ROSL, INC., a Florida corporation, Donald La Londe, and Jo Ann La Londe Rios, Appellants, v. James M. DES JARDINS, Appellee.
Jo Ann La Londe Rios, Donald La Londe, and ROSL, Inc. appeal from a judgment entered after a bench trial which nullified a conveyance of real property for being improperly executed and directed its sale to satisfy a prior judgment obtained by James Des Jardins. Among other issues, they argue that the trial court erred in holding them jointly and severally liable for any deficiency on the prior judgment that could exist after the sale of the property. We agree only as to this issue and thus affirm in part and reverse in part.
La Londe, as president of ROSL, signed a promissory note on April 10, 1993 acknowledging a $25,000 debt to Des Jardins. By the note, La Londe and ROSL agreed to be jointly and severally liable for the debt. La Londe and ROSL were the only signors to the note. The note was due and payable on April 10, 1994. After ROSL failed to pay off the note, Des Jardins filed suit against ROSL and obtained a summary judgment on January 26, 1998 for $25,000 plus interest.
Des Jardins then filed a second suit against Rios, La Londe, and ROSL on April 5, 1998. He alleged that La Londe fraudulently transferred real property owned by ROSL to his married daughter, Rios, to prevent him from recovering on the prior judgment. He requested that the court order the transfer be set aside and the property sold to satisfy the prior judgment.
Following a trial, the court entered judgment in favor of Des Jardins. It found that the disputed conveyance was a nullity because it was not properly executed. It then ordered the property sold and the proceeds to go to Des Jardins to satisfy the prior judgment. It also held Rios, La Londe, and ROSL jointly and severally liable for any deficiency that could result from the sale. This timely appeal followed.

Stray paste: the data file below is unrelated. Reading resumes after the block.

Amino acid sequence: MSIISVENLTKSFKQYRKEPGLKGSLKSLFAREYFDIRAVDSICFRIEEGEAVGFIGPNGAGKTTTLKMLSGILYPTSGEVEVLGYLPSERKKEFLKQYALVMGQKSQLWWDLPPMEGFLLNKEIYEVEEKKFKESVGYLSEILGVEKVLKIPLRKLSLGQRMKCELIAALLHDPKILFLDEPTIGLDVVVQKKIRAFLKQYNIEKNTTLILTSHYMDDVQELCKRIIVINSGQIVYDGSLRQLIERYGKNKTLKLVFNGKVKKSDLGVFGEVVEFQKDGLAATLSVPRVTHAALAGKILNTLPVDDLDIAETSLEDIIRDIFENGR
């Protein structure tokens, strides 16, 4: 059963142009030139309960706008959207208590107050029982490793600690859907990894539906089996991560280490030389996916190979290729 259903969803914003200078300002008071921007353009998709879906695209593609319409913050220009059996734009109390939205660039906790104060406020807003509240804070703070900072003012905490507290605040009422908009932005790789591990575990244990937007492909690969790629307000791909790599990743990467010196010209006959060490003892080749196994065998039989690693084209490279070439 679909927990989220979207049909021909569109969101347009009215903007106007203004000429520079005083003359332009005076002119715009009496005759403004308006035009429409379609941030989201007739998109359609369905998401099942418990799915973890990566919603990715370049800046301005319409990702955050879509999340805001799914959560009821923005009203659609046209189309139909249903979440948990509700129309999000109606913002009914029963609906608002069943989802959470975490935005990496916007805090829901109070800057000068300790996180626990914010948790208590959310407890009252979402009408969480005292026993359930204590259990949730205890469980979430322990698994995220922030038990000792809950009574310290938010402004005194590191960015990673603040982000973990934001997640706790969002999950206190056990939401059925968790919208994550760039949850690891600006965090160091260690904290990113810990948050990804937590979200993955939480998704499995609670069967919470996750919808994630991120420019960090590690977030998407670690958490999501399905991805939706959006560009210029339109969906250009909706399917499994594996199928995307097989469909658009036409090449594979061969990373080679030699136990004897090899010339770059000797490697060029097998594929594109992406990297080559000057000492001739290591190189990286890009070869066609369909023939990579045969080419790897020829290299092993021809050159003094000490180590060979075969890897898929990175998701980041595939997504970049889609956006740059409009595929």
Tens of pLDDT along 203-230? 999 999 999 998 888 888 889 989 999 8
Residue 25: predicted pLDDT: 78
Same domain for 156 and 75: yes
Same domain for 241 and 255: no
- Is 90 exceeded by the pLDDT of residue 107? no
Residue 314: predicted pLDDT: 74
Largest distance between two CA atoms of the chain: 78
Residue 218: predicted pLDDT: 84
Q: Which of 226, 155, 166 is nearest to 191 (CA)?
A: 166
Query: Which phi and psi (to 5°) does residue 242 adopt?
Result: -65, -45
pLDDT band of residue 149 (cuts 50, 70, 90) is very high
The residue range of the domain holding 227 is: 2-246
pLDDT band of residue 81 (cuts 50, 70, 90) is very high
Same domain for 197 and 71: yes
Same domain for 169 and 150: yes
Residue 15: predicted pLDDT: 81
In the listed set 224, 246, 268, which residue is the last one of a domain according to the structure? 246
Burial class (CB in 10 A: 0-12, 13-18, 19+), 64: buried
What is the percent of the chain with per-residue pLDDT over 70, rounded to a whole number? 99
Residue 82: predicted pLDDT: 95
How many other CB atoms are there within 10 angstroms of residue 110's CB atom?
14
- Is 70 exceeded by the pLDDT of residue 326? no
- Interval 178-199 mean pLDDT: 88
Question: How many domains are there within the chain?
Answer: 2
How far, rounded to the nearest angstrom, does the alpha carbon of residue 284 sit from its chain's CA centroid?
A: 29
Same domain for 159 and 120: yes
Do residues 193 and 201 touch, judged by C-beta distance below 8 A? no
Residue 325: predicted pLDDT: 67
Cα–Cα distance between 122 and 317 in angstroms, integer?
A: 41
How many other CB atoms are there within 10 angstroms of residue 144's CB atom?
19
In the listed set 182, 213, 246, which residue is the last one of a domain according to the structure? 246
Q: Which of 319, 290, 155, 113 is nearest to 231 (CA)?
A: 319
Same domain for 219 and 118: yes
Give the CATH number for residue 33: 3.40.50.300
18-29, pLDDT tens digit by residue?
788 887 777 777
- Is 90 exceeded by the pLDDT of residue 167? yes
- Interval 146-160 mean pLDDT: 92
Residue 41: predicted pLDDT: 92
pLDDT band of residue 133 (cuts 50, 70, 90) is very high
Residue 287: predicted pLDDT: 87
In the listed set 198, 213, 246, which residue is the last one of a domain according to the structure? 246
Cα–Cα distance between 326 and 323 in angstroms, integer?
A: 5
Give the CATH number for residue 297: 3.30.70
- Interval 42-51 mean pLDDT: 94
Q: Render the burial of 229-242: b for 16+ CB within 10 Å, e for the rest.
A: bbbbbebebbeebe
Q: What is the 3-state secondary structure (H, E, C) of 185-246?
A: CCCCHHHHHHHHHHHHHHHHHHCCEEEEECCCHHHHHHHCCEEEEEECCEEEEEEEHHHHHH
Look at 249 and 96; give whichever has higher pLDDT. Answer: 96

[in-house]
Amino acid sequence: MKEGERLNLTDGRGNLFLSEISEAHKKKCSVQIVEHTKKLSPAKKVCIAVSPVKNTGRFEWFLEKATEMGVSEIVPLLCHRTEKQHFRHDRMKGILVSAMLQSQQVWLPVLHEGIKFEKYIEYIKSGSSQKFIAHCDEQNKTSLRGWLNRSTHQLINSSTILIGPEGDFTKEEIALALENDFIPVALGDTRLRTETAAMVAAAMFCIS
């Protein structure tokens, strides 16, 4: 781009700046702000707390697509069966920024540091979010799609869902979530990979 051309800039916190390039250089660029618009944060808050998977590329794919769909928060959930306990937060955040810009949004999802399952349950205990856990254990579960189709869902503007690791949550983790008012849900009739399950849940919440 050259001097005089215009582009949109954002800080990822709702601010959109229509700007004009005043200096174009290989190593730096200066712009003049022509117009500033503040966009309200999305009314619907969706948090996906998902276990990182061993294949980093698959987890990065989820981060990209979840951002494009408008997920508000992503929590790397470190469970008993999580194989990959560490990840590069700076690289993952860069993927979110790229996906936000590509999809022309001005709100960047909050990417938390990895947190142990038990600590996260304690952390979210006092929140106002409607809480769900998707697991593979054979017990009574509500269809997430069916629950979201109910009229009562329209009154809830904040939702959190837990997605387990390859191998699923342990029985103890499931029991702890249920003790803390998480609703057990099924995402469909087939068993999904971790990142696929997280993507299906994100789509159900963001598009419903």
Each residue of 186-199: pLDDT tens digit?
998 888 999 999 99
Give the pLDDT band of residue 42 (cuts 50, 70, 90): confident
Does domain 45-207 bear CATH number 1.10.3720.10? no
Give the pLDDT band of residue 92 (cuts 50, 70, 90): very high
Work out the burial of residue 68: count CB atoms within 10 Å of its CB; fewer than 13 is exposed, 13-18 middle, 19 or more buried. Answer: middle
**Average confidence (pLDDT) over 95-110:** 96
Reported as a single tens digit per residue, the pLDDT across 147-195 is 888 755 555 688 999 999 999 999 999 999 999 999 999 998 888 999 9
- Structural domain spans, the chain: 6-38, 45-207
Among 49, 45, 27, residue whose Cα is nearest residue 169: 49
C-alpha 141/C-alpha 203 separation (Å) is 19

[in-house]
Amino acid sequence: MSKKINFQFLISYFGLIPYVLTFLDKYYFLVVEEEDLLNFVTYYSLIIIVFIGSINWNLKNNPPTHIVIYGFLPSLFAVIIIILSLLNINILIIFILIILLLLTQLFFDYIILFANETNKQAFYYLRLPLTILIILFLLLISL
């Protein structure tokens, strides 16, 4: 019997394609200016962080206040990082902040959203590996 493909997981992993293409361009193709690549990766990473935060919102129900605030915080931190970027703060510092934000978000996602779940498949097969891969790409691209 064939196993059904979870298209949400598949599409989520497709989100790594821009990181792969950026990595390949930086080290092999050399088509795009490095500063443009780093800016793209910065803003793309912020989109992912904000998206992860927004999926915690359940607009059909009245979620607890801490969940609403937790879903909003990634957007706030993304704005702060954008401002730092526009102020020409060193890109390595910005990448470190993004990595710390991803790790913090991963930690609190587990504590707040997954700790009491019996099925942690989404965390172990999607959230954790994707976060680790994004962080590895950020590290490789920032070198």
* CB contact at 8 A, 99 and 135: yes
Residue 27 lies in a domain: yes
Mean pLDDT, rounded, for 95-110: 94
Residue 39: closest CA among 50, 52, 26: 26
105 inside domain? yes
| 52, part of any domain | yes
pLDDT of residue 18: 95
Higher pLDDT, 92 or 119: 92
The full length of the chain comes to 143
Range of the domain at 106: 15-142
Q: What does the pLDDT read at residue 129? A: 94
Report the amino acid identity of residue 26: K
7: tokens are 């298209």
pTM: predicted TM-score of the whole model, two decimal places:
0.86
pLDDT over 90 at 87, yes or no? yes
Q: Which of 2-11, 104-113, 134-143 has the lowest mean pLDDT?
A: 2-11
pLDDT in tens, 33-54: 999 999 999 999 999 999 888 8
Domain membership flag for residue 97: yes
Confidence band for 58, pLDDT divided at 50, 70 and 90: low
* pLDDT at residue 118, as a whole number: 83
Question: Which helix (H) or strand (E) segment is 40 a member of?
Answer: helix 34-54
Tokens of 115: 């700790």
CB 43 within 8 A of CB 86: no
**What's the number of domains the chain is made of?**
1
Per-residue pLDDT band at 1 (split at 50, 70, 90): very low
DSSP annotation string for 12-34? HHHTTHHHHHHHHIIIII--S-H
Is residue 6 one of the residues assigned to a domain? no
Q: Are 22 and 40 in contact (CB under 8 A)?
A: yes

Appellants argue that Rios should not have been held jointly and severally liable for such deficiency. We agree. Where a president of a corporation signs a note on behalf of the corporation and the note patently indicates that the undersigned shall be jointly and severally liable, then both the president and corporation may be held jointly and severally liable on the note. See Manufacturers' Leasing, Ltd. v. Florida Dev. & Attractions, Inc., 330 So.2d 171, 172 (Fla. 4th DCA 1976)(holding the guaranty contract sued upon specifically negated the president's execution of the lease guaranty contract in a representative capacity because it contained a provision stating that the obligations of the undersigned are joint and several and independent of the obligations of the lessee). Where a third-party does not sign the note, however, and the signatory does not sign in representative capacity of the third-party, the third-party is not liable on the note. Moschini v. Inter-Gold Italia, Inc., 694 So.2d 774, 775 (Fla. 2d DCA 1997). Here, the record shows that the promissory note contained language stating that “the undersigned joint and severally” promises pay off the debt. It also shows that La Londe signed the note, as president of ROSL; he did not sign on behalf of Rios. Thus, under the facts of this case, we hold it was proper for the court to hold La Londe and ROSL jointly and severally liable, but not Rios. Accordingly, we reverse.
With respect to the remaining points raised on appeal, we affirm as unpersuasive.
AFFIRMED IN PART, REVERSED IN PART.
FARMER and HAZOURI, JJ., concur.